BUFFALO, N.Y. (WIVB) – Alexandria Rice’s mother joined with the Assemblymembers from Western New York Friday, making an emotional appeal that lawmakers vote on the bill named for her daughter.
“It’s what needs to be done; just put it to a vote. I can’t bear the thought of another family not being able to get that little bit of closure,” said Tammy Schueler.
“Alix’s Law” would close a legal loophole, as it relates to drivers charged with leaving the scene of an accident where someone else is hurt or killed.
Under current law, prosecutors have to prove a driver knew they hit someone before leaving the scene. Alix’s Law rewords the current statutes, so that a driver would be presumed to have known he or she hit someone.
Eighteen-year-old Rice died July 8, 2011, after being struck while riding her skateboard home from work along Heim Road in Amherst. Because prosecutors could not prove that Dr. James Corasanti knew he hit the teen, the jury was unable to convict Corasanti of the more serious charges he faced. The Amherst doctor was found guilty of misdemeanor DWI.
“Current law states that in order to be convicted of the felony crime of leaving the scene of an accident, you have to be aware that you hit someone or something first. The excuse used in the case of Alix Rice was that the driver was so drunk that he was unaware of having hit her,” said Assemblywoman Jane Corwin.
“Being so drunk that you are unaware of hitting someone or something should never allow to escape responsibility for your actions,” Corwin said.
For three consecutive years, Alix’s Law has passed in the State Senate. But in the Assembly, it has never made it out of committee, and onto the floor for a general vote.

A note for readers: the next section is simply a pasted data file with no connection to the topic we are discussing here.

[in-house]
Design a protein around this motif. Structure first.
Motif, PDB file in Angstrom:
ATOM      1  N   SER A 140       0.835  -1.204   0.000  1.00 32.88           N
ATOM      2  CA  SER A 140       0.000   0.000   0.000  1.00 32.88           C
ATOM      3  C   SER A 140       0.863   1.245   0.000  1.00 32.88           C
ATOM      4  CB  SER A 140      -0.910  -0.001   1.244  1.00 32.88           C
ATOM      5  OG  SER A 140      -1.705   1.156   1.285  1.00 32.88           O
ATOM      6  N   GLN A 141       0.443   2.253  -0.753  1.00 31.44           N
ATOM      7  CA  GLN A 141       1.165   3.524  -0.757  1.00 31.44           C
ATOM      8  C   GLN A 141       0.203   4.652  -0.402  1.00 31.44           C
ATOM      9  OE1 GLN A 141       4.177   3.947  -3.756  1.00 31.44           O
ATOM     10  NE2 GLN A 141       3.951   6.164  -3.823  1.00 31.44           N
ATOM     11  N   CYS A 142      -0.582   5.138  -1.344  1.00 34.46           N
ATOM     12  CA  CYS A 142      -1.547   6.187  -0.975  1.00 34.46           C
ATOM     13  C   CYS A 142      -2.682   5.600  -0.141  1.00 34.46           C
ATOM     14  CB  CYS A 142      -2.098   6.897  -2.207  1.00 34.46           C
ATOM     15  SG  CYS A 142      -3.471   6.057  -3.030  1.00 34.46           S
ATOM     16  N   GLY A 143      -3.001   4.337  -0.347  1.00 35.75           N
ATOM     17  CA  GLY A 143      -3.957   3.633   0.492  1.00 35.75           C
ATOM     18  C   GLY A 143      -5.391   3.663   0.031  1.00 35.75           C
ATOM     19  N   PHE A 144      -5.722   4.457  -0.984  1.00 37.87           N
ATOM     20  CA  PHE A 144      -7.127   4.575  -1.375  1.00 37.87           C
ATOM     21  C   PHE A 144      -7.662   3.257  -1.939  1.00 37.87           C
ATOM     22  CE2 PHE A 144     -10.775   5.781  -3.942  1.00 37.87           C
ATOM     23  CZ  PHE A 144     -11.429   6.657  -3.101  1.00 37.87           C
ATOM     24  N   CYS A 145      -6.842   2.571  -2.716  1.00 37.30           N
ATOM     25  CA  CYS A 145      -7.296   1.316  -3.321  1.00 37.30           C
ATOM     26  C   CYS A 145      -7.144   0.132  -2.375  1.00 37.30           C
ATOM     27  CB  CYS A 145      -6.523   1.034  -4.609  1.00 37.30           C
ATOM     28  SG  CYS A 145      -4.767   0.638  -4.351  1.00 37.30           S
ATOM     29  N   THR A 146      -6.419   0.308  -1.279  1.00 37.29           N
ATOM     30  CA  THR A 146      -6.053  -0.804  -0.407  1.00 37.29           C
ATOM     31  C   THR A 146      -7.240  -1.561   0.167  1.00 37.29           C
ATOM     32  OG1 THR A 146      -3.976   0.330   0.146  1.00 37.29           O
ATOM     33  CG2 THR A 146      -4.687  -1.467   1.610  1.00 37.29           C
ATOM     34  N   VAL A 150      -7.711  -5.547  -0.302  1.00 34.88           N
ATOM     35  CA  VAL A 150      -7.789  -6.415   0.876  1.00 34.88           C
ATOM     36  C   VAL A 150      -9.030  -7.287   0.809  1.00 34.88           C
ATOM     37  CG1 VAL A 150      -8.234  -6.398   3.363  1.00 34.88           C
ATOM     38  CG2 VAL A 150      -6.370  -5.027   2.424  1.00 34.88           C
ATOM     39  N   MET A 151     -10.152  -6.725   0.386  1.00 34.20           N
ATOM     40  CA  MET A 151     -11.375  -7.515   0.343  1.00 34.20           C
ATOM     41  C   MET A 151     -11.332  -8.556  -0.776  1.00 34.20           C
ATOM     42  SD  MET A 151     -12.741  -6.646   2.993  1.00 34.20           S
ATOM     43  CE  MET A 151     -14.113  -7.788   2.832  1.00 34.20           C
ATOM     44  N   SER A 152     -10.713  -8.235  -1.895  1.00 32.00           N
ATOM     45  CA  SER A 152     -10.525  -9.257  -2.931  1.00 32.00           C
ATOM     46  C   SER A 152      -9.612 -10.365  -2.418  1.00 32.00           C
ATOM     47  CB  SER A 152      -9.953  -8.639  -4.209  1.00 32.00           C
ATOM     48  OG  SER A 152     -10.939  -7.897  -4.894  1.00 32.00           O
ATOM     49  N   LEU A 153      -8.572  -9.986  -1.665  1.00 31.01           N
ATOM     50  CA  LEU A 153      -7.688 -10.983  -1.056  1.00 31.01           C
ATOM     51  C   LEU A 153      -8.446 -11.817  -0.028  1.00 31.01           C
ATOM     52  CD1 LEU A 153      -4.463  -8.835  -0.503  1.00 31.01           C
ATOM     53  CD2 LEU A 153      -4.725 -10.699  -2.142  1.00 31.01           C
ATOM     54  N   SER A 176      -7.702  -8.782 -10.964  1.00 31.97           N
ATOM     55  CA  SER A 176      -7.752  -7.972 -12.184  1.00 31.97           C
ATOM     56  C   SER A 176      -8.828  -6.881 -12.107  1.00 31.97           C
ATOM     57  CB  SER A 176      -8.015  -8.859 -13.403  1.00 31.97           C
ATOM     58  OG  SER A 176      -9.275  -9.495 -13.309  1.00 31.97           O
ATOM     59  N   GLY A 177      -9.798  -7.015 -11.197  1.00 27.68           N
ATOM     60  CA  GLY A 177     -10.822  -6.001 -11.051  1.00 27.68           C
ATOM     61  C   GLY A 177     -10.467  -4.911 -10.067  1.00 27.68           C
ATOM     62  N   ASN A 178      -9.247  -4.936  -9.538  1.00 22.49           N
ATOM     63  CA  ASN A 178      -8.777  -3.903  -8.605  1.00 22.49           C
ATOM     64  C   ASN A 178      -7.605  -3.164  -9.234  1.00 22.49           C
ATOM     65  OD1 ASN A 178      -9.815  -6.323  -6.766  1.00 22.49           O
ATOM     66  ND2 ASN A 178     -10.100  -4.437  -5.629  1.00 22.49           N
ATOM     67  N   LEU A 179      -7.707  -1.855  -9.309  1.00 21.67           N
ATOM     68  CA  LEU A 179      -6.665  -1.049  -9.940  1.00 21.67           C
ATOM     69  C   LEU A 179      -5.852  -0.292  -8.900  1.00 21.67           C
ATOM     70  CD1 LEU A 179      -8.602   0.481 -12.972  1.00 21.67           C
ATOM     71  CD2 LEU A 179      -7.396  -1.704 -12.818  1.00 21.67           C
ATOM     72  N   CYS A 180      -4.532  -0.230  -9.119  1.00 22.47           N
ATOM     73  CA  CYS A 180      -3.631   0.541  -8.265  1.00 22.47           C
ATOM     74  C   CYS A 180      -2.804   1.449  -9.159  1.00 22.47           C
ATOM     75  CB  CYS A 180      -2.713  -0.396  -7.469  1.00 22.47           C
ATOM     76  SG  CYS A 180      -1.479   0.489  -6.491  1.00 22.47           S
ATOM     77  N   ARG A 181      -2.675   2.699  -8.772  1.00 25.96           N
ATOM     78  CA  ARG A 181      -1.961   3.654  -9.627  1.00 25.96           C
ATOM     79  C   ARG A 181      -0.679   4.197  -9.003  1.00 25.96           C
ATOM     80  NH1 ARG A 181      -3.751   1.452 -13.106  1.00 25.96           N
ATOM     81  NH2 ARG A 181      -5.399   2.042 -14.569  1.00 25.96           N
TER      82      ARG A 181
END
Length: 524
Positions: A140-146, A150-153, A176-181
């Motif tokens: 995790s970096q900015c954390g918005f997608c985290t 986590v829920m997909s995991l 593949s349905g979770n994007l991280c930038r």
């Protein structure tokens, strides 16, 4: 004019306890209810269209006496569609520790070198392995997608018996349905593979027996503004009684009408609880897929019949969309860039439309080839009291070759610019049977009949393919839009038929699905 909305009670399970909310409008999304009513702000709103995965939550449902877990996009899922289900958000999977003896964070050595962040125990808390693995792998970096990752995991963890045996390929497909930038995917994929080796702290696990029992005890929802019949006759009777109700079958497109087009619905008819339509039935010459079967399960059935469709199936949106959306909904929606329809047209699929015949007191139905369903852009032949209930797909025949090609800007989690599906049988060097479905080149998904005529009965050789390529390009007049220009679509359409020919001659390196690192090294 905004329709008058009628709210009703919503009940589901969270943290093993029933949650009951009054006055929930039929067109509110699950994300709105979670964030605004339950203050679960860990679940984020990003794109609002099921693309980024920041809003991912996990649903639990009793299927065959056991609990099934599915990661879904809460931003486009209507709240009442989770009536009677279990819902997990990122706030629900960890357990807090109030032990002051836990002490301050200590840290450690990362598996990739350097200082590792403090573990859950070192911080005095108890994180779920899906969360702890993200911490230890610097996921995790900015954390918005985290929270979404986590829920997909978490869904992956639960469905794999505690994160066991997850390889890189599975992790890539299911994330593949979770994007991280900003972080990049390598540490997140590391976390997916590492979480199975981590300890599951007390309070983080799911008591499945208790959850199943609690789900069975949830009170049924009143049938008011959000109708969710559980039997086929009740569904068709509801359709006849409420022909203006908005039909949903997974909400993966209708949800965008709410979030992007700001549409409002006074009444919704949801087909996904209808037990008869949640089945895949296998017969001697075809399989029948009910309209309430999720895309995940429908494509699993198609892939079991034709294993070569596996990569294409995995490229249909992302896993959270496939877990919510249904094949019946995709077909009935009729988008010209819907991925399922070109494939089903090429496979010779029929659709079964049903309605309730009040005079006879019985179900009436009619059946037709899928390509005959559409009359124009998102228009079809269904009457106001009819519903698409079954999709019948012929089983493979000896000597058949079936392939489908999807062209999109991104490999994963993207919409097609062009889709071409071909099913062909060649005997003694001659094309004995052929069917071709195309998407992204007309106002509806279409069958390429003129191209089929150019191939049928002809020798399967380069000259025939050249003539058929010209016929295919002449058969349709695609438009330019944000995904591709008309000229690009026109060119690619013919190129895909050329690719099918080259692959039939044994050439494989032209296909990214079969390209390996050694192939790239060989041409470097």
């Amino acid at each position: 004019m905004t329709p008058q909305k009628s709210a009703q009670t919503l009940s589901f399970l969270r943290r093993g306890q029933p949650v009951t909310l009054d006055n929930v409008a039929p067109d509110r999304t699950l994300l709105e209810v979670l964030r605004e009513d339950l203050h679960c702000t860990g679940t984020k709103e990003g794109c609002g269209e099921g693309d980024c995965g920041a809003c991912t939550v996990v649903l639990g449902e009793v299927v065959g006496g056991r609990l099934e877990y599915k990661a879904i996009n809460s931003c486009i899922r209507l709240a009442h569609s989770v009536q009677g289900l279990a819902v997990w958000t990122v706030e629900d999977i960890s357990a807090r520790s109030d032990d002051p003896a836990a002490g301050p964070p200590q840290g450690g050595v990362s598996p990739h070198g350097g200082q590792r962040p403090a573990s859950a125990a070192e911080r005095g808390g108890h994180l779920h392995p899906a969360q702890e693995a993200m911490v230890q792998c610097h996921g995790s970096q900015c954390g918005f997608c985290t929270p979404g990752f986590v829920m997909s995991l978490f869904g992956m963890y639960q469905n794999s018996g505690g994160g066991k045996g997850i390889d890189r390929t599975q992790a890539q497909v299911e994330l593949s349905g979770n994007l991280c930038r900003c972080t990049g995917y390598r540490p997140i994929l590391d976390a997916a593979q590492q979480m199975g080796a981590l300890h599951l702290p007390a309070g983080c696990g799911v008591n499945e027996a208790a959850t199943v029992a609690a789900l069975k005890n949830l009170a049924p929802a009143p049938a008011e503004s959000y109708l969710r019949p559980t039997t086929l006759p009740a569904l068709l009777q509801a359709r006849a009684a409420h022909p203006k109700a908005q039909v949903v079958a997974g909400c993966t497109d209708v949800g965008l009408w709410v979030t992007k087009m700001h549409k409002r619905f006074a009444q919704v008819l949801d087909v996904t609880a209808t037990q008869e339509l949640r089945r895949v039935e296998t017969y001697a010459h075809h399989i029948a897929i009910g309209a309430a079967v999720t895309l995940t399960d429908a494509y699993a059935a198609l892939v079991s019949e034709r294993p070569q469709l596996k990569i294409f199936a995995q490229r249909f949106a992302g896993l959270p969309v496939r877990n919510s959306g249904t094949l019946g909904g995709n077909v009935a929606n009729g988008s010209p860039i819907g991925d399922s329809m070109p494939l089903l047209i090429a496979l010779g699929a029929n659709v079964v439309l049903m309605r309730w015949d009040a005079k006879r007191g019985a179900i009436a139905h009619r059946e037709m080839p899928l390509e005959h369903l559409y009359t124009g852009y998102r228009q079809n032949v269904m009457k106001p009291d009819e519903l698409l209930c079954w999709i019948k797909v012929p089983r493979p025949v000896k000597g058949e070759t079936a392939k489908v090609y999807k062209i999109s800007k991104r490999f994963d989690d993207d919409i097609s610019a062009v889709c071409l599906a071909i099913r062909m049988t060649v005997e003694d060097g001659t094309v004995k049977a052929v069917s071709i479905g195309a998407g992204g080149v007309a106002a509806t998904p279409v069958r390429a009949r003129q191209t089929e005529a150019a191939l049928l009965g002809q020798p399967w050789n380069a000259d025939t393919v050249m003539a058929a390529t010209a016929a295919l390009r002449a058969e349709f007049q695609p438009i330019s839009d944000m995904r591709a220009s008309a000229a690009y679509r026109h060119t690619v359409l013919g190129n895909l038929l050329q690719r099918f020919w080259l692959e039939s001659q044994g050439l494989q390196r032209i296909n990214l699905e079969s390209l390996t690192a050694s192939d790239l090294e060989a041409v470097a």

Many in the local delegation lay the blame for that with Assembly Speaker, Sheldon Silver.
“I think that [Silver] needs to stand accountable, and I hope that the media here today sits on his doorstep every day ’til the end of session next week, and puts a microphone in his face and asks him why it doesn’t pass,” said Assemblyman David DiPietro. “This has overwhelming support, I’d say near 100 percent. I don’t know anyone in the Assembly who would not vote for this.”
Only four more working days remain, before the current session ends and lawmakers recess from Albany.
“There is still time; we can still get this done. But we need to move it now,” Corwin said.
“Let’s do the right thing, let’s do the compassionate thing, let’s do the common sense thing,” urged Assemblyman Ray Walter, “and get this through and up for a vote.”
“…Not only for my family, but for other families,” Schueler said. “There’s other families that are being affected all the time by the fact that this law has not passed already. How about those people?”
Schueler thinks, specifically, about the family of hit-and-run victim Barry Moss, in Evans. Evans Police have located the car that struck and killed Moss, but no one is being charged in part because prosecutors say they can’t prove who was driving.
“I was rather shocked, especially when I heard District Attorney Frank Sedita state that, had Alix’s Law been on the books, maybe it would be a different song that they were singing over there right now,” Schueler said. “That, to me, is important. I don’t know if it would have made a difference or not. But boy, wouldn’t it have been nice to have it on the books?”
The Alix Rice Peace Park Foundation Inc., a not-for-profit organization, is working to build a skate park in Alix’s memory. The foundation has raised about a third of its $250,000 goal.
The next fundraiser is July 8th, which will mark three years since Rice’s death, at the Ramada Hotel on North Forest Road in Getzville. More information and tickets are available here.